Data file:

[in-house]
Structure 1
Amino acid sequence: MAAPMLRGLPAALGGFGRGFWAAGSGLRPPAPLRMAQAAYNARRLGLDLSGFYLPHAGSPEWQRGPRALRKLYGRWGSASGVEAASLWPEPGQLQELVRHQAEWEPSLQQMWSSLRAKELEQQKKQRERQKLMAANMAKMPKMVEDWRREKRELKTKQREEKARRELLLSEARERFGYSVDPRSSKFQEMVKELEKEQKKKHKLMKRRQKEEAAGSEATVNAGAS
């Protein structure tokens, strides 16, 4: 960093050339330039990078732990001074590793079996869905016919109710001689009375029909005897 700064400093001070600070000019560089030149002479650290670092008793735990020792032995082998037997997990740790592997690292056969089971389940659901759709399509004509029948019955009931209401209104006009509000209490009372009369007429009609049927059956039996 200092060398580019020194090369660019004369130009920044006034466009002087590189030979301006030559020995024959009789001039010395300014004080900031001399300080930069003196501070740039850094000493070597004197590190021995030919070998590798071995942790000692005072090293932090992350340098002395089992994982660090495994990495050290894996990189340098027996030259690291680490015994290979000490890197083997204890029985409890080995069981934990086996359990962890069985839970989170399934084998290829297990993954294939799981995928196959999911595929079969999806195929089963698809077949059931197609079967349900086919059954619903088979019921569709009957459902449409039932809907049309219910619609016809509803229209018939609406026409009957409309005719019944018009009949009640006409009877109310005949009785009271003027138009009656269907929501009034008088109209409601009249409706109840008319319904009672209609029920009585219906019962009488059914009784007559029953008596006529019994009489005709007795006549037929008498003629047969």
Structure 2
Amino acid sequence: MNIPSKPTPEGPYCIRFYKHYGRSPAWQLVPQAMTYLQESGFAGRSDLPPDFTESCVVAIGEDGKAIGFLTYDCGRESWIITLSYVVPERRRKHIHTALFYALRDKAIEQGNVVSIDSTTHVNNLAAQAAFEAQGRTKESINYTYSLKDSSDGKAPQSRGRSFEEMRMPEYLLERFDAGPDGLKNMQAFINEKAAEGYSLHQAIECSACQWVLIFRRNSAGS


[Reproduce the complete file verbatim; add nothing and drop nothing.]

[in-house]
Structure 1
Amino acid sequence: MAAPMLRGLPAALGGFGRGFWAAGSGLRPPAPLRMAQAAYNARRLGLDLSGFYLPHAGSPEWQRGPRALRKLYGRWGSASGVEAASLWPEPGQLQELVRHQAEWEPSLQQMWSSLRAKELEQQKKQRERQKLMAANMAKMPKMVEDWRREKRELKTKQREEKARRELLLSEARERFGYSVDPRSSKFQEMVKELEKEQKKKHKLMKRRQKEEAAGSEATVNAGAS
């Protein structure tokens, strides 16, 4: 960093050339330039990078732990001074590793079996869905016919109710001689009375029909005897 700064400093001070600070000019560089030149002479650290670092008793735990020792032995082998037997997990740790592997690292056969089971389940659901759709399509004509029948019955009931209401209104006009509000209490009372009369007429009609049927059956039996 200092060398580019020194090369660019004369130009920044006034466009002087590189030979301006030559020995024959009789001039010395300014004080900031001399300080930069003196501070740039850094000493070597004197590190021995030919070998590798071995942790000692005072090293932090992350340098002395089992994982660090495994990495050290894996990189340098027996030259690291680490015994290979000490890197083997204890029985409890080995069981934990086996359990962890069985839970989170399934084998290829297990993954294939799981995928196959999911595929079969999806195929089963698809077949059931197609079967349900086919059954619903088979019921569709009957459902449409039932809907049309219910619609016809509803229209018939609406026409009957409309005719019944018009009949009640006409009877109310005949009785009271003027138009009656269907929501009034008088109209409601009249409706109840008319319904009672209609029920009585219906019962009488059914009784007559029953008596006529019994009489005709007795006549037929008498003629047969």
Structure 2
Amino acid sequence: MNIPSKPTPEGPYCIRFYKHYGRSPAWQLVPQAMTYLQESGFAGRSDLPPDFTESCVVAIGEDGKAIGFLTYDCGRESWIITLSYVVPERRRKHIHTALFYALRDKAIEQGNVVSIDSTTHVNNLAAQAAFEAQGRTKESINYTYSLKDSSDGKAPQSRGRSFEEMRMPEYLLERFDAGPDGLKNMQAFINEKAAEGYSLHQAIECSACQWVLIFRRNSAGS